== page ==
Peziza: Occurrence, Structure, Reproduction

Peziza is a saprophytic fungus of the class Discomycetes. It is often coprophilous in habit, growing on dung.

Peziza is commonly known as cup fungus, due to its cup-shaped fruit body.

Occurrence of Peziza

Peziza is a genus in the family Pezizaceae. It is represented by about 100 species and occurs all over the world.

Most of the species are saprophytes and prefer to grow on dung, decaying wood, or soil rich in humus during the rainy season. Some species are found on burnt forest wood.

Peziza vesiculosa is the most commonly occurring species. Although it is considered poisonous.

  • Some Peziza species are: Peziza domiciliana, P. vesiculosa, P. repanda, P. pustulata, P. catinum, P. ampliata, P. cerea, P. fimeti, etc.
Peziza: Occurrence, Structure, Reproduction

Vegetative Structure of Peziza

The vegetative plant body of Peziza is the mycelium. The mycelium is usually perennial and consists of well-developed, branched,septate hyphae.

The hyphae are not visible as they ramify within the substratum, forming a dense, complex system. This system helps in the absorption of nutrition from the substratum.

Apothecium of Peziza
Figure: Only Fruit bodies of Peziza are visible, as the mycelium develops inside the substratum

The hyphal cells are short and uninucleate.

Read also- Aspergillus: Occurrence, Structure, Reproduction

Reproduction in Peziza

Peziza reproduces both asexually and sexually.

Asexual Reproduction

Asexual reproduction is rare in Peziza. In some species, such as P. vesiculosa and P. repanda, it takes place through the formation of conidia and chlamydospores.

The conidia are produced exogenously at the tips of the erect conidiospores. Each of the conidia germinates to develop new mycelium.

The chlamydospores are intercalary, thick-walled resting cells. They are produced either singly or in series within the cells of the mycelium. Under favourable conditions, each chlamydospore germinates into new mycelium.

Sexual Reproduction

In Peziza, sex organs are completely absent. Sexual reproduction is extremely simple, and it takes place by somatic copulation between certain vegetative cells of adjacent hyphae or by autogamous pairing (i.e., fusion of two adjacent vegetative cells).

The hyphae get tangled in the adult mycelium. Certain vegetative cells in the centre of the tangle have been seen to possess nuclei that become associated in pairs, called dikaryons.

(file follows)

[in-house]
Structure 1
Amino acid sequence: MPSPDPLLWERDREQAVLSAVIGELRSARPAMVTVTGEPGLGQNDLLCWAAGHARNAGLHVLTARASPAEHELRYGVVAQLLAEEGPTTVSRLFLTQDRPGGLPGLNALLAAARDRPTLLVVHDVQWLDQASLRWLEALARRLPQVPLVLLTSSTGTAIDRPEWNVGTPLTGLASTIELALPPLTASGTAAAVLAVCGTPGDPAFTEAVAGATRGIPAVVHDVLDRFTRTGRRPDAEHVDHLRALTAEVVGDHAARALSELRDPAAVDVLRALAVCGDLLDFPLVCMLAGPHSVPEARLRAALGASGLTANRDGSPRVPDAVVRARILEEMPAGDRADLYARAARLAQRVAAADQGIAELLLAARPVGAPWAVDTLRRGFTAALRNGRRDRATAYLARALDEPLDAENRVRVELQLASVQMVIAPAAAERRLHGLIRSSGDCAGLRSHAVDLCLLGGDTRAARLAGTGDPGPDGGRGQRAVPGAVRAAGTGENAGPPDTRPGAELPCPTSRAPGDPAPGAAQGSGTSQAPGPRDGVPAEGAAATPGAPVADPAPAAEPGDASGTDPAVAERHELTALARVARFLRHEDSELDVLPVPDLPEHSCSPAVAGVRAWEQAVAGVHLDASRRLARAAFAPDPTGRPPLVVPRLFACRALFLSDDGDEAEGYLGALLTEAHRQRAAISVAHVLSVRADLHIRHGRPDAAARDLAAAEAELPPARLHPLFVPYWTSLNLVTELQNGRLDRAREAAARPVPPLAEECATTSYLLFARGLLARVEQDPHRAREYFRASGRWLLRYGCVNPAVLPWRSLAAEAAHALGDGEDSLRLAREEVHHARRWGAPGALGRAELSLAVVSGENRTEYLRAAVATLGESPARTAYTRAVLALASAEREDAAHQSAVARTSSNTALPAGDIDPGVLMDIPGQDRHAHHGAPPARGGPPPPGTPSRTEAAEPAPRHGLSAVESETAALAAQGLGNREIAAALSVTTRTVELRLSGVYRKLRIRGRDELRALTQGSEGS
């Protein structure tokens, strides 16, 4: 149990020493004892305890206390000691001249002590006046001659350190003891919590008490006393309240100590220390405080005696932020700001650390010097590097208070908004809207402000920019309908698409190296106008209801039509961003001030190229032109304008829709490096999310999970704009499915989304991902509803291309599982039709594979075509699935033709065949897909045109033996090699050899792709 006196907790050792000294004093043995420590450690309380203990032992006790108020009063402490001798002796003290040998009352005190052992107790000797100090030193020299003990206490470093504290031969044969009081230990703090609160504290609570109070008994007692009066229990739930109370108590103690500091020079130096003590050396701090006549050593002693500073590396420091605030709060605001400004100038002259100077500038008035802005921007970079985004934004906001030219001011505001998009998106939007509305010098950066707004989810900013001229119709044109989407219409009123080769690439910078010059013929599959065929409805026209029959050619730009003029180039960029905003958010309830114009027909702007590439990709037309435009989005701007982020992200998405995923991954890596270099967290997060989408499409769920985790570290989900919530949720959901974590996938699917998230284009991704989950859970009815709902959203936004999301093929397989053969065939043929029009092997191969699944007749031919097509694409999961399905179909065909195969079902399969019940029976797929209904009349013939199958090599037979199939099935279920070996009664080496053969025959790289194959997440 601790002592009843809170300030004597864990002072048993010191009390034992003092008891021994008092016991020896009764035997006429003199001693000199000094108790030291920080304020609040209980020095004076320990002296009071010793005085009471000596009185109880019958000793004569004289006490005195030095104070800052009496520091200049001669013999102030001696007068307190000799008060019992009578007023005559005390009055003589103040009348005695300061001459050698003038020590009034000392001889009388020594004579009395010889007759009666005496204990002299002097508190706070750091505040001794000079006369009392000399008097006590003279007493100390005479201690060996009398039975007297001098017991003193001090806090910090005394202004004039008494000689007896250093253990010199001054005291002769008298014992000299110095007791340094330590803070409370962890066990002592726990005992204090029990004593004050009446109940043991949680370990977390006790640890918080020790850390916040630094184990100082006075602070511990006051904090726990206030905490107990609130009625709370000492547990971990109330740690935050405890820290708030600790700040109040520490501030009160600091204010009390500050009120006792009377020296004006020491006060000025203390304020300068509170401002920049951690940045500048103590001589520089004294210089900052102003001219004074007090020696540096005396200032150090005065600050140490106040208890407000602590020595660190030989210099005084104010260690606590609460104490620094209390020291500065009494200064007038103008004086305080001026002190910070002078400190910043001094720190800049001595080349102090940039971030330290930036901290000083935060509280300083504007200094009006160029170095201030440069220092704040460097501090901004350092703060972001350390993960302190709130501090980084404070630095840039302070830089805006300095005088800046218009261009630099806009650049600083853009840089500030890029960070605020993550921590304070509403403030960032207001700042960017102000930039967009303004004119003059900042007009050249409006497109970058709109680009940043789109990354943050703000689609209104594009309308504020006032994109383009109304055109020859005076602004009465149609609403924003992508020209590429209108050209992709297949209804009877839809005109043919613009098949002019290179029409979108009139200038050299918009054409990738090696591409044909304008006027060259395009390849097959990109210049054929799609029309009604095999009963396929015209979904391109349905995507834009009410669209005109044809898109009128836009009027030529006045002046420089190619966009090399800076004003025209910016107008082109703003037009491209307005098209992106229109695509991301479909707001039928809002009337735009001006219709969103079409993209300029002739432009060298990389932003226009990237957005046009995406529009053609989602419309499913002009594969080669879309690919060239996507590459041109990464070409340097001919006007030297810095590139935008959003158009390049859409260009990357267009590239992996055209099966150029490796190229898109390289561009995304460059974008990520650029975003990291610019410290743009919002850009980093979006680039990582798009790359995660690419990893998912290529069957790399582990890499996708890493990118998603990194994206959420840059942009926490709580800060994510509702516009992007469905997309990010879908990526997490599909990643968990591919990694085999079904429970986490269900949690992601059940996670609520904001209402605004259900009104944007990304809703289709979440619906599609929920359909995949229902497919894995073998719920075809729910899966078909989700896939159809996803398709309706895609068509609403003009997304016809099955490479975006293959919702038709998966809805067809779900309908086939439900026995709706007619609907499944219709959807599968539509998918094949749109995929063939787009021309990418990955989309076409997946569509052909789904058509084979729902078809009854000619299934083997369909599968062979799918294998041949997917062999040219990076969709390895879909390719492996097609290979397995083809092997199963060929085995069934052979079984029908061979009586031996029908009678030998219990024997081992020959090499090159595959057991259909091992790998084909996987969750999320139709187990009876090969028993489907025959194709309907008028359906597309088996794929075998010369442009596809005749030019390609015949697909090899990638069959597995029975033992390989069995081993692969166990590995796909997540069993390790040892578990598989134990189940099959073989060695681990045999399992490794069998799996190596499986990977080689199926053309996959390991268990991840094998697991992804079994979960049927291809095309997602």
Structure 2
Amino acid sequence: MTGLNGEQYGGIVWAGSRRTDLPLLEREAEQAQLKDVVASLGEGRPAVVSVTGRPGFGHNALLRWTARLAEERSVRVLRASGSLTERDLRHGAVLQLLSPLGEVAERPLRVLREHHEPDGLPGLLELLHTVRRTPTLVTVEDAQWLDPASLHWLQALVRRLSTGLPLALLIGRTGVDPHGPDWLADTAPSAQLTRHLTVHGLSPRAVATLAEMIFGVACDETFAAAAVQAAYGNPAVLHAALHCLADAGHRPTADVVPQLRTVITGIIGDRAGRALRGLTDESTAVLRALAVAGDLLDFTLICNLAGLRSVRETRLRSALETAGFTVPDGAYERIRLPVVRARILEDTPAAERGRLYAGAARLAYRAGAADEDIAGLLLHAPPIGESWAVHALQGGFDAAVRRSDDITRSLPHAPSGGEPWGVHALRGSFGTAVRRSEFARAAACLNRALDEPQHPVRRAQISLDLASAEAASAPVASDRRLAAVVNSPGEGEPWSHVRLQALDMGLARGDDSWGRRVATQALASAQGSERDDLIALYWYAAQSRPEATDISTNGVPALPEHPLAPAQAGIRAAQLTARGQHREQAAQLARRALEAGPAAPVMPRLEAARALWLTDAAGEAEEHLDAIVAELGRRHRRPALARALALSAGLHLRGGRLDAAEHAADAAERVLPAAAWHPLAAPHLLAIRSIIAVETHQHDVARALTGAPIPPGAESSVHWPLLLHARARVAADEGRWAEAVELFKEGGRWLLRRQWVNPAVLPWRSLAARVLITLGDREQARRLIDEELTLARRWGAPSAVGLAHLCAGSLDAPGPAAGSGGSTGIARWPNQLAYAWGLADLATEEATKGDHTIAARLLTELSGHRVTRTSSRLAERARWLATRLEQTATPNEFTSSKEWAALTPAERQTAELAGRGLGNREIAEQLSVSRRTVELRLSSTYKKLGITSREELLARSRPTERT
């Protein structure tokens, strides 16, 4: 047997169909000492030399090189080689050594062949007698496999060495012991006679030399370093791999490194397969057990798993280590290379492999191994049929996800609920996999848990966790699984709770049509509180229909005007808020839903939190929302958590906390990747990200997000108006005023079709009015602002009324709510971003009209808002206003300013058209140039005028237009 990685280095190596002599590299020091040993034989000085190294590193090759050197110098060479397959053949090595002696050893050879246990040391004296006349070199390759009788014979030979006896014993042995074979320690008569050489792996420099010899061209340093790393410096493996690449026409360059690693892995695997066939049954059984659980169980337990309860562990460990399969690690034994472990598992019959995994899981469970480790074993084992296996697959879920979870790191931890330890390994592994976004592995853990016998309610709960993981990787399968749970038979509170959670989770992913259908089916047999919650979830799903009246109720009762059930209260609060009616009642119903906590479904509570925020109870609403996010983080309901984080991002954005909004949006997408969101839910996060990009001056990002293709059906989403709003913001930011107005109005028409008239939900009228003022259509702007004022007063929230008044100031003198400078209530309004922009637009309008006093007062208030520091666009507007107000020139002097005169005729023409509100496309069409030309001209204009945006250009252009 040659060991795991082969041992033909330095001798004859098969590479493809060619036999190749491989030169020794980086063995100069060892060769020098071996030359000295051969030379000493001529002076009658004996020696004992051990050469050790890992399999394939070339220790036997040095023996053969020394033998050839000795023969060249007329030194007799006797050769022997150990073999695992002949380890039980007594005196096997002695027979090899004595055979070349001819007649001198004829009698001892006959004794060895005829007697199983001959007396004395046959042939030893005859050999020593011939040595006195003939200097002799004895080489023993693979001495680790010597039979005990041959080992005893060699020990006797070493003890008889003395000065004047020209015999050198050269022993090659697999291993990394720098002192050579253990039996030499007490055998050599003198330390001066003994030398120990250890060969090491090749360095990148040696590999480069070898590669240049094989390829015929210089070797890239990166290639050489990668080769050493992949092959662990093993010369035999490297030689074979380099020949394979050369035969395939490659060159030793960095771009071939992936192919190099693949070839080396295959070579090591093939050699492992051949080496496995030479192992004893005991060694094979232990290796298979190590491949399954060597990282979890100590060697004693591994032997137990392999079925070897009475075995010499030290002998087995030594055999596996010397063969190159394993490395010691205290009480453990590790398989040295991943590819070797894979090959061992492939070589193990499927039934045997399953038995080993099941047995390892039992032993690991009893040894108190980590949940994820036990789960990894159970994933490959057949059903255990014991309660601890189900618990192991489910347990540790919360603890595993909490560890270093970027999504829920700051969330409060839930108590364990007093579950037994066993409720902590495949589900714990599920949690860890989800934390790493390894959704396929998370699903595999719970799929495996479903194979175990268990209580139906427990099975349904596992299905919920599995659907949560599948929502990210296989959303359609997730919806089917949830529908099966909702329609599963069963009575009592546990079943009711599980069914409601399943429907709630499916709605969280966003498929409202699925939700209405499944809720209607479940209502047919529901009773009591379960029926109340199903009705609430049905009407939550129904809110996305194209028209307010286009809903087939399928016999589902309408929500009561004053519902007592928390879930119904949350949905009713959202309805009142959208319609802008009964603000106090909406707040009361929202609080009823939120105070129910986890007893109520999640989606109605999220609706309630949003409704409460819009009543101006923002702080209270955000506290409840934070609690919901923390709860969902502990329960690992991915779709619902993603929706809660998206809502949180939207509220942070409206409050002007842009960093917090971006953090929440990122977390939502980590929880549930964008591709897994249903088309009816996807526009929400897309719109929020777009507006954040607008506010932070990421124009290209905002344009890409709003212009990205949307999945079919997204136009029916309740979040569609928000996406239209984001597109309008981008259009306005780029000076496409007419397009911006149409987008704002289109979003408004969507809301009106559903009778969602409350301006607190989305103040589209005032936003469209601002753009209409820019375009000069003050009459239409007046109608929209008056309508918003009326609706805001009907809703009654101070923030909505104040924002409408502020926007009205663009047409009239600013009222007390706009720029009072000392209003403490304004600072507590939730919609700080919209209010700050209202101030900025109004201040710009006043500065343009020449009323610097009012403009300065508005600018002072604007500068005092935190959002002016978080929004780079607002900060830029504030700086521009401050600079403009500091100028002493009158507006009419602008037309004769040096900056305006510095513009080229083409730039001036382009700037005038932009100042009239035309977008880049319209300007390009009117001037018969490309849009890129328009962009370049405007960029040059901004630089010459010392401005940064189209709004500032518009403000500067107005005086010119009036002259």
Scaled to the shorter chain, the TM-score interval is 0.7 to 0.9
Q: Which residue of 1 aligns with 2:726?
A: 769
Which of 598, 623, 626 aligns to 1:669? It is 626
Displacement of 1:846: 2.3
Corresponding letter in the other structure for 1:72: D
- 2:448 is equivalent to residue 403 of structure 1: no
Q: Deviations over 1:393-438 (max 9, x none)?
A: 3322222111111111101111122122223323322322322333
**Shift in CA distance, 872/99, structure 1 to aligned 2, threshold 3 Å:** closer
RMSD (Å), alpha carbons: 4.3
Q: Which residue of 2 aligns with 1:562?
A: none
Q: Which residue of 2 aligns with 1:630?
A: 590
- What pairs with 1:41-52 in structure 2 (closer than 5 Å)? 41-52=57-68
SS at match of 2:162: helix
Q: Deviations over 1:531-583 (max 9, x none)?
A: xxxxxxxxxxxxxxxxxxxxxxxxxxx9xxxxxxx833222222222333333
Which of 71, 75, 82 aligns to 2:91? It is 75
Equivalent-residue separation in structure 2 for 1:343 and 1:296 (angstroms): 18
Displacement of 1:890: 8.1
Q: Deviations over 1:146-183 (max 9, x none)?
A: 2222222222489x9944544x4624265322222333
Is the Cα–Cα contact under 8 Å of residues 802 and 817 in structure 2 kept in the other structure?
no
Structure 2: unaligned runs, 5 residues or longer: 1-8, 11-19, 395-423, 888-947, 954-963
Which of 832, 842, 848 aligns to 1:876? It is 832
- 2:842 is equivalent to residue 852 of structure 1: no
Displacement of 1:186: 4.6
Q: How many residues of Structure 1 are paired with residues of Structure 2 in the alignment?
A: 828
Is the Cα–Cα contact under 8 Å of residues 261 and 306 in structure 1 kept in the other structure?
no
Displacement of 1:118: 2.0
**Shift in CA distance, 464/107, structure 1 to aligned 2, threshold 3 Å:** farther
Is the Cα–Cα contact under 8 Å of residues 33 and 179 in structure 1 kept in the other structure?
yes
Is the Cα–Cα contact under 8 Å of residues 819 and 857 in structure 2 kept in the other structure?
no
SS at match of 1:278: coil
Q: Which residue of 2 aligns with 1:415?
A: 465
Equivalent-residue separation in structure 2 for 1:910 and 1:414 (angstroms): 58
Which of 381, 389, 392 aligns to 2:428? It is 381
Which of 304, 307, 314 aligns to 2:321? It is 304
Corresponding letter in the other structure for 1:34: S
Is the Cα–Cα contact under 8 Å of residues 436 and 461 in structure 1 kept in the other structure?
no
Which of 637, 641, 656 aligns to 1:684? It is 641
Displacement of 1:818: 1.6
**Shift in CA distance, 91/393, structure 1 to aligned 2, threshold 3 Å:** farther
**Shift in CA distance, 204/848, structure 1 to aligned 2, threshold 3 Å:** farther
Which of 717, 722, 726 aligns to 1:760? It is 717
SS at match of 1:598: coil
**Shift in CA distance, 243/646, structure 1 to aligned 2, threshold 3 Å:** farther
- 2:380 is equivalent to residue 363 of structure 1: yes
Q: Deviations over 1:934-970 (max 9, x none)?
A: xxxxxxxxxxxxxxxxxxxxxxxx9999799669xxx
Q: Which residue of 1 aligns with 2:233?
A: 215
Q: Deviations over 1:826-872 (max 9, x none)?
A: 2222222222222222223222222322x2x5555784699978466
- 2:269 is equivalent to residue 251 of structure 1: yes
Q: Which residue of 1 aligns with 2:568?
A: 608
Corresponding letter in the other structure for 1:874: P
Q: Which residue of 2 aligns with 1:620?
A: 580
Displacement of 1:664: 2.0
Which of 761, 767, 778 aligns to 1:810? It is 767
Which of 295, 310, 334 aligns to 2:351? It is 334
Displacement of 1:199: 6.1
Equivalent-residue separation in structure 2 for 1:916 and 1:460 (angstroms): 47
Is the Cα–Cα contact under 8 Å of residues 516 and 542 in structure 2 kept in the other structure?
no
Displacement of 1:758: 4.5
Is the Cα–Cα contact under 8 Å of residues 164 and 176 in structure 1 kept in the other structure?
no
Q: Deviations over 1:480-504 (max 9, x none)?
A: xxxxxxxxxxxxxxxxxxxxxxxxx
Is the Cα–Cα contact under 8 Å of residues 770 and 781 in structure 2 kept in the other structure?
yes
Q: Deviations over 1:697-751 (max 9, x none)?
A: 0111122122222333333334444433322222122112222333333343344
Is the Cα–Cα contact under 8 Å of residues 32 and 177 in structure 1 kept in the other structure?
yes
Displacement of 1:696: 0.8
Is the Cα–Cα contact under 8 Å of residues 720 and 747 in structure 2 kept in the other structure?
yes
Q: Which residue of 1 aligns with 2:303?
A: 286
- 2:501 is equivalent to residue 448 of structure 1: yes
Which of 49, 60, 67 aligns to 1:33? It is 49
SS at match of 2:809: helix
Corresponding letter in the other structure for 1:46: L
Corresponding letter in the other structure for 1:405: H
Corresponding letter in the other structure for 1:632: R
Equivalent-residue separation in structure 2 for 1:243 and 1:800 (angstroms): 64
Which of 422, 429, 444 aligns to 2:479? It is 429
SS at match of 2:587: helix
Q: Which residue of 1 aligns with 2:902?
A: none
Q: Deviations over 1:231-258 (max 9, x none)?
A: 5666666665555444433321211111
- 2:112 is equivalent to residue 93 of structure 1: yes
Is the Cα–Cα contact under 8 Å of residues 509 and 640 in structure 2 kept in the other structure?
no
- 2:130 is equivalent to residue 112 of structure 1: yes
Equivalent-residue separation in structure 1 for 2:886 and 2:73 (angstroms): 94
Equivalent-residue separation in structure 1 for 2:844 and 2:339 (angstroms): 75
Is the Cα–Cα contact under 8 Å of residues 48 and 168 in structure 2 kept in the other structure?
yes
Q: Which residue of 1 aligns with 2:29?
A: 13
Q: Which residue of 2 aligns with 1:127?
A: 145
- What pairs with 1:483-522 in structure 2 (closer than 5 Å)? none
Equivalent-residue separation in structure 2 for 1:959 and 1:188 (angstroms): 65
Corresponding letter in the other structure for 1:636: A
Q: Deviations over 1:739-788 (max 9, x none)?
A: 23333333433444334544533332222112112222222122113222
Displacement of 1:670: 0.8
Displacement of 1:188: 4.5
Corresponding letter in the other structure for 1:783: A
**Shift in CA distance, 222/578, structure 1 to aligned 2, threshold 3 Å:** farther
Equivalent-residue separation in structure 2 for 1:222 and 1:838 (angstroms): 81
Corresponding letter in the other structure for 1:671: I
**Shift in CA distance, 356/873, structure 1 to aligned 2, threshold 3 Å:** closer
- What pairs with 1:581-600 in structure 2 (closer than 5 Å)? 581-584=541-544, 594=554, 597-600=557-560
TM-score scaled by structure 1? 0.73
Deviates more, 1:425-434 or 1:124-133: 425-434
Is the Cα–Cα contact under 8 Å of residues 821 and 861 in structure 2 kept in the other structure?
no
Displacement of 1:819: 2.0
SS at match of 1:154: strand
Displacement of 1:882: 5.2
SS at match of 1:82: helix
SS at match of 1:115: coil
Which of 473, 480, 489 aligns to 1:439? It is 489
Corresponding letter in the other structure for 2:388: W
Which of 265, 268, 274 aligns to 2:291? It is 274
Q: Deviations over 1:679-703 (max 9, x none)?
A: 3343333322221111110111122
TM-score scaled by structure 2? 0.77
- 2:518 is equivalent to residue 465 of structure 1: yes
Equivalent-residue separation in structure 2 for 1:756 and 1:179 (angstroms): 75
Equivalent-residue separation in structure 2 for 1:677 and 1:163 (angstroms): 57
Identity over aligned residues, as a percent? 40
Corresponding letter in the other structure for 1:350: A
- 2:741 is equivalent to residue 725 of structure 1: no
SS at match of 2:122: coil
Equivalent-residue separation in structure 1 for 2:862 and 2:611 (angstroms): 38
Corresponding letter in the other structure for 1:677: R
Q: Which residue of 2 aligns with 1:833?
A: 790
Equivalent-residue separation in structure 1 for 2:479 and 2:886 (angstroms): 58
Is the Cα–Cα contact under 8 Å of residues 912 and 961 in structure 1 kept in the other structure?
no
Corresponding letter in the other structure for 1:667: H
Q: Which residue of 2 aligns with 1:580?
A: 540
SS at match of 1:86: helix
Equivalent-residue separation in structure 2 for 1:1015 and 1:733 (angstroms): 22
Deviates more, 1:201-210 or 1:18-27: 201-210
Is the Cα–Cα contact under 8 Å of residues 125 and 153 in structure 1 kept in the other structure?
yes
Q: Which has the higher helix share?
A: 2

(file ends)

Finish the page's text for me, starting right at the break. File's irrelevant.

The cells with dikaryons give rise to the ascogenous hyphae. The ascogenous hyphae become septate and branched. The cells are binucleate.

The terminal cell of each ascogenous hypha functions as an ascus mother cell. The formation of a crozier or hook, in the development of ascus has not been reported in P. vesiculosa. However, in P. catinum, crozier formation can be seen. The two nuclei of the ascus mother cell fuse with each other, forming the synkaryon (a diploid nucleus).

The diploid nucleus divides by meiosis and then mitosis to form eight haploid nuclei. Each nucleus becomes organised into an ascospore in the mature ascus.

The erect asci lie side by side, parallel to each other, lining the cavity of the cup-shaped apothecium.


The apothecium, i.e., the fruit body of Peziza, is a fleshy, sessile or sub-sessile, cup-shaped structure without any hairs. It is large in size, varying from 2 cm to 40 cm in diameter.

The apothecium is usually brightly coloured. It is pale fawn (a light yellow-tan colour) in P. vesiculosa and orange in P. aurantia.

The margin of the apothecium cup is formed by the hymenium, a layer of elongated cells standing at a right angle to the surface like a palisade. It contains asci intermingled with sterile hyphae, the paraphyses.

Below the hymenium is a thin or fairly thick layer known as the hypothecium. The hypothecium is composed of many branched hyphae running parallel to the surface of the hymenium.

The outer layer of the hypothecium, i.e., the basal portion of the apothecium cup, is called the excipulum.


The mature ascus is an elongated cylindrical structure with an operculum, or lid, at the apex. It contains eight ascospores arranged obliquely in a row.

Ascus of Peziza
Figure: Asci with ascospores

The ascospores are haploid, unicellular, smooth-walled, hyaline, and ellipsoidal in shape. They are liberated in large numbers through the operculum of the ascus.

Under favourable conditions, each ascospore germinates into a germ tube, from which new mycelium develops.

Taxonomic Position of Peziza

Animesh Sahoo
Animesh Sahoo

Animesh Sahoo is a scientific blogger who is passionate about biology, nature, and living organisms. He enjoys sharing his knowledge through his writings. During his free time, Animesh likes to try new activities, go on adventures, experiment with different biological aspects, and learn about various organisms.

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